For six months, Untitled #1 hung in a hallway of the Capitol among hundreds of other winning artworks from the high school Congressional Arts Competition without much fuss. Then came a tug-of-war. The painting by Missouri's David Pulphus—a collage of scenes, showing two police officers with what appear to be warthog heads pointing guns at a civilian with the head of a wolf—became the subject of debate between the Congressional Black Caucus and Republican lawmakers this week after Rep. Duncan Hunter, a Republican from California, chose to remove it on Friday, reports NPR. Rep. Lacy Clay, a Democrat from Missouri, replaced it Tuesday, only to find it removed again that same day. It was again replaced, and again taken down, reports Politico.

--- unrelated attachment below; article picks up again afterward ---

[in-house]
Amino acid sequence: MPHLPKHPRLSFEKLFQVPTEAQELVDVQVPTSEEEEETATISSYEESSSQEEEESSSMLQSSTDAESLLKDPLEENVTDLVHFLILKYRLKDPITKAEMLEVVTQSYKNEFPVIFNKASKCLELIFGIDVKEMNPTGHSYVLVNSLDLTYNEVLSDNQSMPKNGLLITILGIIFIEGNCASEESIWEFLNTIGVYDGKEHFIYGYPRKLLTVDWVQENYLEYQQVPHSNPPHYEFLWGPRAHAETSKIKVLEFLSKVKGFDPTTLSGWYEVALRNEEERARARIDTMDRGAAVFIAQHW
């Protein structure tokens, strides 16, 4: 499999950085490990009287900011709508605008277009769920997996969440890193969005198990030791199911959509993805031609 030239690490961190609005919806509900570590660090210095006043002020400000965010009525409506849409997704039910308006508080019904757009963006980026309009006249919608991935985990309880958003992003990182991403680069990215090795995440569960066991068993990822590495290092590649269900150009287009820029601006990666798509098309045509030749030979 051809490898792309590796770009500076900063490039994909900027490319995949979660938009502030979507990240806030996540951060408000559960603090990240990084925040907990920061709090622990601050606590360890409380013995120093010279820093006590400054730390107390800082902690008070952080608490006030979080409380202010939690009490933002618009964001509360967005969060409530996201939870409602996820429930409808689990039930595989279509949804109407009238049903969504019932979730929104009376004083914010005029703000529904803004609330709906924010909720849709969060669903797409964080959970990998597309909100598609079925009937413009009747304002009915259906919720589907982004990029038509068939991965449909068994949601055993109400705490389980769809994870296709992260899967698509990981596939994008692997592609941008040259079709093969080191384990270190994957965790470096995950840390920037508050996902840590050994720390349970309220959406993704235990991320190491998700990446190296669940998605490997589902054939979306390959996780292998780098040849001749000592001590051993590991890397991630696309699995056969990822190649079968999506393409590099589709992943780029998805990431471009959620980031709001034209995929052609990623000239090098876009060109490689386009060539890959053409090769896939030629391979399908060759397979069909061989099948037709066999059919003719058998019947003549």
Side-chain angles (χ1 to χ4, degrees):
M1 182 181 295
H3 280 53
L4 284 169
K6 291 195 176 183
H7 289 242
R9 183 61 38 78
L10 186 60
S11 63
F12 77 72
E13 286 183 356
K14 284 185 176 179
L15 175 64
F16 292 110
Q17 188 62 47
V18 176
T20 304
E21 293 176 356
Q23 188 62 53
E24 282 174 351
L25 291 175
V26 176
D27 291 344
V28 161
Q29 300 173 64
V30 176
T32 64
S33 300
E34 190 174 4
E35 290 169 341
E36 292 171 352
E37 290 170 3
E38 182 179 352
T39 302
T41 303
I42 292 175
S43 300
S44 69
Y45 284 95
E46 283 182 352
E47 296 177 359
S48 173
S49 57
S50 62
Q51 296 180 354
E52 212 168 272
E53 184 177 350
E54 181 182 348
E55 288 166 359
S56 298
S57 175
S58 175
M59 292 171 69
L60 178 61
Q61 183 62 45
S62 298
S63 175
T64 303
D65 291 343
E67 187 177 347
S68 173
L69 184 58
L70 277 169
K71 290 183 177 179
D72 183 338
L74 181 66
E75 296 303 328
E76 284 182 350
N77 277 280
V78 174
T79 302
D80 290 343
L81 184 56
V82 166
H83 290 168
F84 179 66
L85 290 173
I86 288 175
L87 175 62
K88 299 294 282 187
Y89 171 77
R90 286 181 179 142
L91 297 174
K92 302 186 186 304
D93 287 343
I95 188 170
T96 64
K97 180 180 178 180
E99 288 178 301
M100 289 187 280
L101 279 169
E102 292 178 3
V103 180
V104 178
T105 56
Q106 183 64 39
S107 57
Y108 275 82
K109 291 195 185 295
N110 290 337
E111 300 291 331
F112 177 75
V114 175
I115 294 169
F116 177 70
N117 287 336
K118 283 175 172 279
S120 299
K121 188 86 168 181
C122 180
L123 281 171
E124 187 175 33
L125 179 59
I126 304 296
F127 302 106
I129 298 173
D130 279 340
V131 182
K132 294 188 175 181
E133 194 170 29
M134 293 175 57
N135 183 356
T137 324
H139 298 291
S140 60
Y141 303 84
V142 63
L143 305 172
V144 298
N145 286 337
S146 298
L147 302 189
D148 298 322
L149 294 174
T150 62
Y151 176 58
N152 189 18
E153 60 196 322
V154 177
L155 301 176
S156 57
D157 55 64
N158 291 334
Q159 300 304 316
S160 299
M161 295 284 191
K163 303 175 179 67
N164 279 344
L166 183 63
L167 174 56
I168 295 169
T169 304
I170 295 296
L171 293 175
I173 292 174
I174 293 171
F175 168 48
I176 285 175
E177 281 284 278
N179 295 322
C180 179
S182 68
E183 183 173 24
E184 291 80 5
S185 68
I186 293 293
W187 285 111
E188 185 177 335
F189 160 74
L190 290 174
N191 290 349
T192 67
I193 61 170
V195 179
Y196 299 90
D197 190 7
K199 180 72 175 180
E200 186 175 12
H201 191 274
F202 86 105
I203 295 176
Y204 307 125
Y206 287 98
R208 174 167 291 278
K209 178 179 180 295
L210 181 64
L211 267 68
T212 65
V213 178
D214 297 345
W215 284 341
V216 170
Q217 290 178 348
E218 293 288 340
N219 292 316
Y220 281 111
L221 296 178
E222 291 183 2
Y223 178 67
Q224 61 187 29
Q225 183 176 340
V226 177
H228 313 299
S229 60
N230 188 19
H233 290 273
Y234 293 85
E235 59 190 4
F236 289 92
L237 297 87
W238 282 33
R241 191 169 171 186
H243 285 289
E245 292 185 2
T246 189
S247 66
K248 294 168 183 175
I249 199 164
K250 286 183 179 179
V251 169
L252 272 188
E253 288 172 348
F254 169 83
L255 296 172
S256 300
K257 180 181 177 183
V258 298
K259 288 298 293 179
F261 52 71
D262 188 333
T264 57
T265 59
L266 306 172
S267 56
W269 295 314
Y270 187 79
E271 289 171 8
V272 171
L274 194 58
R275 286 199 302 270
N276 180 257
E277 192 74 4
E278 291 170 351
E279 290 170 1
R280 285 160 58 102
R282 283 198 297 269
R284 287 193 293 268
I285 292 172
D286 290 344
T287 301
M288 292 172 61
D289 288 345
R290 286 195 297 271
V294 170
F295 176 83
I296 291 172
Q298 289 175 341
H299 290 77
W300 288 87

Hunter and others argue the painting—also depicting a black face behind bars and a sign reading "racism kills"—is an insult to police and violates House Office Building Commission rules banning artwork with "subjects of contemporary political controversy or a sensationalistic or gruesome nature." Speaker Paul Ryan, who sits on the commission, told Republicans the painting would be permanently removed. Clay, however, says the painting was approved before it became part of a year-long installation in June 2016. He adds police shootings of black men in Pulphus' community—including that of Michael Brown in 2014—were "animalistic in nature" and the painting, along with artwork depicting slaveholders, should be allowed given the right to free expression, per the St. Louis Post-Dispatch. (Read more Capitol Hill stories.)